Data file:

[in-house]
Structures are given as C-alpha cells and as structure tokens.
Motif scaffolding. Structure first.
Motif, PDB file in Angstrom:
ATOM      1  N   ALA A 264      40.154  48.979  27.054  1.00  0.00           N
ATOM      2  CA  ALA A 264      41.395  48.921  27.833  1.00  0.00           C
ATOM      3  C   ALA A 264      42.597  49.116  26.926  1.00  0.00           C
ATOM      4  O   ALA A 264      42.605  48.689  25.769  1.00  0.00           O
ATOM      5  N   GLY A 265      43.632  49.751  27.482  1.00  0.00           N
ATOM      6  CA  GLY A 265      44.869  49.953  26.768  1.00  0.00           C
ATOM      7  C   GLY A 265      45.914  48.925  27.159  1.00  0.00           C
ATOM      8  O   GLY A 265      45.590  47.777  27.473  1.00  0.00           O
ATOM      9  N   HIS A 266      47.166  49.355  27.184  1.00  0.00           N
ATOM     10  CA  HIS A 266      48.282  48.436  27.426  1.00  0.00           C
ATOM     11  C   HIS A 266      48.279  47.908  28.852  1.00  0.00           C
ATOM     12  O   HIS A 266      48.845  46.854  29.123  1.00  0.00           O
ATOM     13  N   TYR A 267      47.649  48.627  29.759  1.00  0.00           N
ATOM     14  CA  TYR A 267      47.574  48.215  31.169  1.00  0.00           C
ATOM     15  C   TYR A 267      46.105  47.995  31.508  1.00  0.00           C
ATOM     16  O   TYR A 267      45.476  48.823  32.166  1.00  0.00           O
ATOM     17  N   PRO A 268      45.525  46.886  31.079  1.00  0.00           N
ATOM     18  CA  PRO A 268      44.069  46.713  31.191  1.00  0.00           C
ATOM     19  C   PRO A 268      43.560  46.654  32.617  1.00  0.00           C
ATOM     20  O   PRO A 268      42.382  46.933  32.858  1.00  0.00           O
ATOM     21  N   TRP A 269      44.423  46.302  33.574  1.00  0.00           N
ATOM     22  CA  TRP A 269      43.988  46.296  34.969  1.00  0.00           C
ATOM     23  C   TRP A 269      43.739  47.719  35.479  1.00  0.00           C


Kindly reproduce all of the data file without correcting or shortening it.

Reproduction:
[in-house]
Structures are given as C-alpha cells and as structure tokens.
Motif scaffolding. Structure first.
Motif, PDB file in Angstrom:
ATOM      1  N   ALA A 264      40.154  48.979  27.054  1.00  0.00           N
ATOM      2  CA  ALA A 264      41.395  48.921  27.833  1.00  0.00           C
ATOM      3  C   ALA A 264      42.597  49.116  26.926  1.00  0.00           C
ATOM      4  O   ALA A 264      42.605  48.689  25.769  1.00  0.00           O
ATOM      5  N   GLY A 265      43.632  49.751  27.482  1.00  0.00           N
ATOM      6  CA  GLY A 265      44.869  49.953  26.768  1.00  0.00           C
ATOM      7  C   GLY A 265      45.914  48.925  27.159  1.00  0.00           C
ATOM      8  O   GLY A 265      45.590  47.777  27.473  1.00  0.00           O
ATOM      9  N   HIS A 266      47.166  49.355  27.184  1.00  0.00           N
ATOM     10  CA  HIS A 266      48.282  48.436  27.426  1.00  0.00           C
ATOM     11  C   HIS A 266      48.279  47.908  28.852  1.00  0.00           C
ATOM     12  O   HIS A 266      48.845  46.854  29.123  1.00  0.00           O
ATOM     13  N   TYR A 267      47.649  48.627  29.759  1.00  0.00           N
ATOM     14  CA  TYR A 267      47.574  48.215  31.169  1.00  0.00           C
ATOM     15  C   TYR A 267      46.105  47.995  31.508  1.00  0.00           C
ATOM     16  O   TYR A 267      45.476  48.823  32.166  1.00  0.00           O
ATOM     17  N   PRO A 268      45.525  46.886  31.079  1.00  0.00           N
ATOM     18  CA  PRO A 268      44.069  46.713  31.191  1.00  0.00           C
ATOM     19  C   PRO A 268      43.560  46.654  32.617  1.00  0.00           C
ATOM     20  O   PRO A 268      42.382  46.933  32.858  1.00  0.00           O
ATOM     21  N   TRP A 269      44.423  46.302  33.574  1.00  0.00           N
ATOM     22  CA  TRP A 269      43.988  46.296  34.969  1.00  0.00           C
ATOM     23  C   TRP A 269      43.739  47.719  35.479  1.00  0.00           C